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Subpanel feed lacks ground?

Am I missing something, or does this subpage lack a required ground supplied from the master panel?
 
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Old 08-14-18, 11:57 AM
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Yes.... a ground bar needs to be added. The home improvement stores carry them for most panels.

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Old 08-14-18, 11:57 AM
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The equipment ground is the metal conduit -- top center knock out. We're making a bit of an assumption it's continuous back to the main panel, but that fits with the age and the other wiring methods that are visible.
 
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Old 08-14-18, 01:30 PM
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Yes, exactly, the ground runs back to the main panel through the top punch out.

When we had the inspection done, the panel was a mess and only rated at 50 amps. We had an electrician come in and upgrade the panel and clean up some of the wires. He confirmed the ground to the main panel was good.

Owner was supposed to do the outlet while in escrow and never completed it.

I've got the ground bar on order along with the 30 amp breaker to arrive tonight. Appreciate everyone's input.
 
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Old 08-14-18, 03:38 PM
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Is that unconnected wires from conduit running to the outlet in question?
If so, you can make use of it instead of running new cable. It already contains 3 wires can you can use the conduit as ground.
It is larger than it needs to be, but that size wire will fit on 120V/240V 30A receptacle. Some 30A breaker will not accept that size, but I think Siemens breakers you have does.

The only problem with using existing wire is that you have 2 white and 1 black wires. One of the white wire appears it has been taped to mark it as hot.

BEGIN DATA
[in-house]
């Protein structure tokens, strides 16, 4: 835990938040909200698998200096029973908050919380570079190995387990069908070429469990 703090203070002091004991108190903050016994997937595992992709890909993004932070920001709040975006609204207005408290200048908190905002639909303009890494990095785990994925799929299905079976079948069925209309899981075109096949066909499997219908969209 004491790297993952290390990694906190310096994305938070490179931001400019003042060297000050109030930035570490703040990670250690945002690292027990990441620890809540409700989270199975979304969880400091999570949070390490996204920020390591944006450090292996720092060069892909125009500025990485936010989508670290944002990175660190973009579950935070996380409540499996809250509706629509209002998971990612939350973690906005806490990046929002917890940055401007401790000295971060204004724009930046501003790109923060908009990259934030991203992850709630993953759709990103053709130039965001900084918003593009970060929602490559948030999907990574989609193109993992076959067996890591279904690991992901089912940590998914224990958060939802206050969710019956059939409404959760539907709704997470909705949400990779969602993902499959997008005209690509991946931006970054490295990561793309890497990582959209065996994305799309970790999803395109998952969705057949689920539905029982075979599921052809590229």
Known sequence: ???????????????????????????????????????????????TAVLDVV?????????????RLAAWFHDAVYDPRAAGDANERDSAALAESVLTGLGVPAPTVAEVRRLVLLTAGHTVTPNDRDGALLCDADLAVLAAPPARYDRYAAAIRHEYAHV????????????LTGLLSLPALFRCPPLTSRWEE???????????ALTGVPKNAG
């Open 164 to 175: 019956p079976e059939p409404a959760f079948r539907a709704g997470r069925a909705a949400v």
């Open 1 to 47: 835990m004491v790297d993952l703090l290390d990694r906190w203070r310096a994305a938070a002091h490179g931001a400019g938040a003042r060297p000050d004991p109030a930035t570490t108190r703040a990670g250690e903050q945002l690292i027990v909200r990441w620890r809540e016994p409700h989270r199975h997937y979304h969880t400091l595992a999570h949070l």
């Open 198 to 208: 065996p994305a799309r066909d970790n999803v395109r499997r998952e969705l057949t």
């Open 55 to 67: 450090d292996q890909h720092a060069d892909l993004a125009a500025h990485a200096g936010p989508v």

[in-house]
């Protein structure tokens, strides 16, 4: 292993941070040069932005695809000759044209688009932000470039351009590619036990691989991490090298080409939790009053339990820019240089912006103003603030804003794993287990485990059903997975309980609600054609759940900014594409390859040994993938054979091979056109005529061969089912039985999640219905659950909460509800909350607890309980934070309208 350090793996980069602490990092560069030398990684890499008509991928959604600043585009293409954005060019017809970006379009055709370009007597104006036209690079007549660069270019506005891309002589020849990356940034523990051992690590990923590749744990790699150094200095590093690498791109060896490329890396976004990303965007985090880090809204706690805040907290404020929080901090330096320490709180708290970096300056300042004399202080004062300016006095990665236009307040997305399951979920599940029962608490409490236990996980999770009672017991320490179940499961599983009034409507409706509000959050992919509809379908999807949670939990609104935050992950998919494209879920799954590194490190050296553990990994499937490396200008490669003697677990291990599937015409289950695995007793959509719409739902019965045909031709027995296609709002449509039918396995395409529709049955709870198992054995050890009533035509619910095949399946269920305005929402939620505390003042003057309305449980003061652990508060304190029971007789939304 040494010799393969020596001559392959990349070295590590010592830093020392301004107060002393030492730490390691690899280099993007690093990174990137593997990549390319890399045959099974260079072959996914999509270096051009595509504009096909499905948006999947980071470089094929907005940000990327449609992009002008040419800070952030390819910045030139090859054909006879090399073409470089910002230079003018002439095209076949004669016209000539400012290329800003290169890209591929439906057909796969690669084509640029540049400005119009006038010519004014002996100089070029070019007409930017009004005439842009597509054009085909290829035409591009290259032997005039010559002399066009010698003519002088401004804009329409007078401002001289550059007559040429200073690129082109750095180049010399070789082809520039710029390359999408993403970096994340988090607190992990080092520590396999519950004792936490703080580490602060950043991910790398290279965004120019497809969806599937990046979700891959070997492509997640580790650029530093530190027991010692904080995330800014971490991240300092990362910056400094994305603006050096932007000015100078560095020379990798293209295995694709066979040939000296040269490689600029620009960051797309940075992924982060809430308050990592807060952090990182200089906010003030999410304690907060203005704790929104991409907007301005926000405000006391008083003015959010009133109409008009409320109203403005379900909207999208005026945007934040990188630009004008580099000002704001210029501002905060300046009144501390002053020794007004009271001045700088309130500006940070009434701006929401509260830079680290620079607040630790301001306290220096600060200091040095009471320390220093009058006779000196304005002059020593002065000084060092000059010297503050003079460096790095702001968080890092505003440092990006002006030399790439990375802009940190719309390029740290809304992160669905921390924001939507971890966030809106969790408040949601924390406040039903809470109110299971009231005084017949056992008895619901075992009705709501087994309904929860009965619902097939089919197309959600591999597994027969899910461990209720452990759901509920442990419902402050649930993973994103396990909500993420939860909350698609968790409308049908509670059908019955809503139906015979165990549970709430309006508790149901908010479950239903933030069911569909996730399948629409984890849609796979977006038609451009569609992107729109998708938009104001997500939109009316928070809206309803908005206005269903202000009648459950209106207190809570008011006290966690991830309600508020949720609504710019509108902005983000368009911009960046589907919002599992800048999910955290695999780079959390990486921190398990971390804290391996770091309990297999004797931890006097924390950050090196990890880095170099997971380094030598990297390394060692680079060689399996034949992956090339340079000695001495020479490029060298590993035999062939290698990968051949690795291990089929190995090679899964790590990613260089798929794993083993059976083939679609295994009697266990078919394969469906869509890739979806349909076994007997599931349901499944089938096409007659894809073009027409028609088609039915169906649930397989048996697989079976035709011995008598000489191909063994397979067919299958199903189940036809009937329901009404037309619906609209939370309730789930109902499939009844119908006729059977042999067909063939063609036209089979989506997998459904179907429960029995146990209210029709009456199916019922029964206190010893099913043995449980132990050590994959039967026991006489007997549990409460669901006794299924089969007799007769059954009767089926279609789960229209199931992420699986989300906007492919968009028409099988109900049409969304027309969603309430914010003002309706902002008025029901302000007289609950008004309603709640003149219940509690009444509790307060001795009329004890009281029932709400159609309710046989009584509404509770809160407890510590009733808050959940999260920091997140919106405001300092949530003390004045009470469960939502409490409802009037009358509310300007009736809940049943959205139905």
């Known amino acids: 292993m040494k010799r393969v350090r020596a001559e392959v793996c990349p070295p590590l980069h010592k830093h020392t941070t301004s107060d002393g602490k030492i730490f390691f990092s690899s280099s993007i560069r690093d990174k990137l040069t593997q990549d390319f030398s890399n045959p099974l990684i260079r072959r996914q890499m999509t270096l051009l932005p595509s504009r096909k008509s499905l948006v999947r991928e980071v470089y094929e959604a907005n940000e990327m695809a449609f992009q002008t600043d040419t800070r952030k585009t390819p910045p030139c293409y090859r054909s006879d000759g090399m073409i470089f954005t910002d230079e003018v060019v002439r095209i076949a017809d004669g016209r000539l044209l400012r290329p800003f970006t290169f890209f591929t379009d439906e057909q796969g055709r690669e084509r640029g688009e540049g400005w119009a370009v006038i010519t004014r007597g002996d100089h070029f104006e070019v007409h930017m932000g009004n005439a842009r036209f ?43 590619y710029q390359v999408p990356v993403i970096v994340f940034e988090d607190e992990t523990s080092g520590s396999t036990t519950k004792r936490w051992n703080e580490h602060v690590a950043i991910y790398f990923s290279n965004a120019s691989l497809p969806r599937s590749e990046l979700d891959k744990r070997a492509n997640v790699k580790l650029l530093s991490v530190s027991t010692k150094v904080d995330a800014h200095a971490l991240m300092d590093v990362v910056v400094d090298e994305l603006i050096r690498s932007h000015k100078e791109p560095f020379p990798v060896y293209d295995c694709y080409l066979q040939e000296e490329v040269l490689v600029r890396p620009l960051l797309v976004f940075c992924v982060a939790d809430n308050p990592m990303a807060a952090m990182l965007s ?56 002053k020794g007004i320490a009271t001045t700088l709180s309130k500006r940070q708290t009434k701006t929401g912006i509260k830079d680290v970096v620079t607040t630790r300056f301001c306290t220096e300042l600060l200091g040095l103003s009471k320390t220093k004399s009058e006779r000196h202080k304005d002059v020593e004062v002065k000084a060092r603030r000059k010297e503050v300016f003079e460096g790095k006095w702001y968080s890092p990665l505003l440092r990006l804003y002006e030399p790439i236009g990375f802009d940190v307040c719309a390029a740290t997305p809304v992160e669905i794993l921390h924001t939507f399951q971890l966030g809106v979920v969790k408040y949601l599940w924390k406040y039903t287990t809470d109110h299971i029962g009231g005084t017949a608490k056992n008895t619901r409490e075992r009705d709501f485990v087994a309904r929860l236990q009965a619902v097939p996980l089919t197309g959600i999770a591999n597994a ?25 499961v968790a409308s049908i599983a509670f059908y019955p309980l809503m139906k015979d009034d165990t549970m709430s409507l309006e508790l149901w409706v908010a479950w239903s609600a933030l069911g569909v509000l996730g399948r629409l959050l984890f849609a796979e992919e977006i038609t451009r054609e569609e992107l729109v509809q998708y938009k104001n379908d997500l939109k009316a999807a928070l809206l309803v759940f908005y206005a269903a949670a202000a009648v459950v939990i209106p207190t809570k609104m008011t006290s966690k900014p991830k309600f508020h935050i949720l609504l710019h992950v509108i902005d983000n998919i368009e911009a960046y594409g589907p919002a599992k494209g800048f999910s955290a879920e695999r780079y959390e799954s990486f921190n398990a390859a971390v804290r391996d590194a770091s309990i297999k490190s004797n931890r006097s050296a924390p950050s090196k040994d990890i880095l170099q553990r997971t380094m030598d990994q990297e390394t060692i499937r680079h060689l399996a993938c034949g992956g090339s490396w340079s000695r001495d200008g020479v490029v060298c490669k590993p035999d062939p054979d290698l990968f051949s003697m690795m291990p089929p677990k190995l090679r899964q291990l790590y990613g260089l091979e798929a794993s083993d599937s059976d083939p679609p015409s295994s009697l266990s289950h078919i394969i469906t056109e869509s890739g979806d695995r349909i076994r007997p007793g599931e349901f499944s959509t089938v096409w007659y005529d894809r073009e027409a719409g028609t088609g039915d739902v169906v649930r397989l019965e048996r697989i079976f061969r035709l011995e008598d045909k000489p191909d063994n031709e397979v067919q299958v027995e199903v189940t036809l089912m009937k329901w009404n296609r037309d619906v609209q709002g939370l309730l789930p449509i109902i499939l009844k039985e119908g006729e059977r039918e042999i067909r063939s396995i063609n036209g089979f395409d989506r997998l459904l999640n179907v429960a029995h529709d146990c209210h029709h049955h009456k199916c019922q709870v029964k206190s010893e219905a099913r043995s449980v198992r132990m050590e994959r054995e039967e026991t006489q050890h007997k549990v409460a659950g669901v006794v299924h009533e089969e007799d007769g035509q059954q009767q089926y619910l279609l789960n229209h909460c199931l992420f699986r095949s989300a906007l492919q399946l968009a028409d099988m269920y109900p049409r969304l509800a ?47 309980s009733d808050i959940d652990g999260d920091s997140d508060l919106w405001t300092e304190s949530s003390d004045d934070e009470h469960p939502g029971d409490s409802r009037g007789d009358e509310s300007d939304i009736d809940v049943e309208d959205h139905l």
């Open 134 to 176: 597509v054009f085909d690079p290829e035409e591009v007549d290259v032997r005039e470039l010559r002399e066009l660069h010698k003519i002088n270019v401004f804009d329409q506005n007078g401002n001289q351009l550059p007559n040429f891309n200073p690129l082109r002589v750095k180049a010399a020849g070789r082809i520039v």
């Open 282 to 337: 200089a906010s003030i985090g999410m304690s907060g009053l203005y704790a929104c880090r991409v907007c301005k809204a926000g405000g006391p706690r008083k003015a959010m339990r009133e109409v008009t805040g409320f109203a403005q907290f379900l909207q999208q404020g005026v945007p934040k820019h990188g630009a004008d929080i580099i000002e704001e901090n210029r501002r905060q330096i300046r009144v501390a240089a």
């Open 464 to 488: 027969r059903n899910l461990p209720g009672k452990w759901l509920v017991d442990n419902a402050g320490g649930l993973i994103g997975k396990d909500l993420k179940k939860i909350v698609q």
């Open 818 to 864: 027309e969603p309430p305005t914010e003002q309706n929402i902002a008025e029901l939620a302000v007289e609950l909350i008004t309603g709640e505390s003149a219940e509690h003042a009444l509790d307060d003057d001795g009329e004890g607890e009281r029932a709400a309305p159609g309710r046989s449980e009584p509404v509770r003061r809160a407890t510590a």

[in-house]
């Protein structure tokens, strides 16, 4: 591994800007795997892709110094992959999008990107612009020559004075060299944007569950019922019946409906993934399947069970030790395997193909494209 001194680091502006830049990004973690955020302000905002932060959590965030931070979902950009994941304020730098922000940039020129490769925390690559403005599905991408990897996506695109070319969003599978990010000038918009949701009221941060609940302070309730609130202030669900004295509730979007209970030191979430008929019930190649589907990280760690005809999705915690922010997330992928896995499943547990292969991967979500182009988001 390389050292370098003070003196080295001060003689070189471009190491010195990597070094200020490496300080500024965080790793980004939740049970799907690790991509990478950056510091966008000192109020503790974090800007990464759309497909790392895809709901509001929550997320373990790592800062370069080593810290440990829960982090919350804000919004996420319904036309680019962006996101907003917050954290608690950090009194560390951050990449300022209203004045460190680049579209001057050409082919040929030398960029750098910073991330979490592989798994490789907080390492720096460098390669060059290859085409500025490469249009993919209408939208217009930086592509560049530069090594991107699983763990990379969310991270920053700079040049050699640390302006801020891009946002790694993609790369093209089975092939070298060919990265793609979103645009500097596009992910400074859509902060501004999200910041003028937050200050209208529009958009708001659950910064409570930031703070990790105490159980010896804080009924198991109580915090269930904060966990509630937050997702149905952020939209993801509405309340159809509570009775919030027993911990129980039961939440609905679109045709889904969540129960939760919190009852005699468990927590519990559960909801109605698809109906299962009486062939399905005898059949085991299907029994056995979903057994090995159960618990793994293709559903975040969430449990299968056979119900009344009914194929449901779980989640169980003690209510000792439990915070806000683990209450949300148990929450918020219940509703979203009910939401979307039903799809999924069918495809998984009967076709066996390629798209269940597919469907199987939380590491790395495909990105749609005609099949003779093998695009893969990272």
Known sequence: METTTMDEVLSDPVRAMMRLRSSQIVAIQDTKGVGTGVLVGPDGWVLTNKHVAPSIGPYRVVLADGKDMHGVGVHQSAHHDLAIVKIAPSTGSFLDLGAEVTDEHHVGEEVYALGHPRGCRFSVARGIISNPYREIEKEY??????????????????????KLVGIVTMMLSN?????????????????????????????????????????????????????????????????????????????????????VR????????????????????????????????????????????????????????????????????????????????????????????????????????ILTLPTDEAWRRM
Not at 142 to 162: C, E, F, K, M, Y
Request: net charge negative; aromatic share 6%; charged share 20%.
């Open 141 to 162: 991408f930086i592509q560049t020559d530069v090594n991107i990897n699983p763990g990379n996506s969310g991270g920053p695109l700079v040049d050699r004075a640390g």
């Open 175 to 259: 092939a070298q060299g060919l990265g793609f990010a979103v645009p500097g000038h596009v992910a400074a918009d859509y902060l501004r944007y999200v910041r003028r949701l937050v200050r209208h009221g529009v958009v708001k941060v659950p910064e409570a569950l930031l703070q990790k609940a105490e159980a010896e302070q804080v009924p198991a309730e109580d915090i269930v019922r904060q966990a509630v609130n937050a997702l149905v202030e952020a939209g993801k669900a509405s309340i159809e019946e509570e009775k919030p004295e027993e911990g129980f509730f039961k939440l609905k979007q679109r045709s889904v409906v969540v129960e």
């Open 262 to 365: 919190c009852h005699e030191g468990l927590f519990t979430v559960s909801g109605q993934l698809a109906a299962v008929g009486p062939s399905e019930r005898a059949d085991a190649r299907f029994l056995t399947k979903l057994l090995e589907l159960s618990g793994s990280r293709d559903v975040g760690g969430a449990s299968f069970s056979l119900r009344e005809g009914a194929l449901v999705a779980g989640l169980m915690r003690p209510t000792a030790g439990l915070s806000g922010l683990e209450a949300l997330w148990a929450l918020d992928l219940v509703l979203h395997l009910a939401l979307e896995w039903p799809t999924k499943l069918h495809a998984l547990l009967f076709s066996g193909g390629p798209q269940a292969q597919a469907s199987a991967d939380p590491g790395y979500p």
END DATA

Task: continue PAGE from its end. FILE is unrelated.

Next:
It will work safely, but it is code violation. Personally, I will use as is if not getting inspected.
If you decide to change the wire, you can tape new wires to end of the old wires and just pull wire wires out from the conduit instead of running new romex.
Just needs 1 black, 1 red, 1 white 10AWG wires.

Don't forget to make a pigtail to metal junction box for ground wire running to new receptacle.
 
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Old 08-14-18, 09:49 PM
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Does this look good now? Upgraded breaker to 30 amp, installed ground bar.

Do I need to pigtail the metal box, or is it already grounded back to the panel since it's running through the metal conduit?



 
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Old 08-15-18, 03:09 AM
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Just because it bugs me to look in a messy panel I would make the left side wires look like the right side. I like the nice square look.Don't look in my main panel tho. It is a mess.
Not electrician so can't tell for sure but looks ok to me. Ground should be through medal conduit;
 
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Old 08-15-18, 09:35 PM
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I didn't know that receptacle was right below the breaker panel. You did not have to run 10/3 NM, but doesn't hurt to do so since it is straight down.

Move green wire from MC cable in the middle to the ground bus bar.
Would have been able to make it look cleaner if you pulled the cable a little longer, but it is ok.
 
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Old 08-16-18, 07:38 PM
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It works! I fixed the ground screw issue. Really appreciate everyone.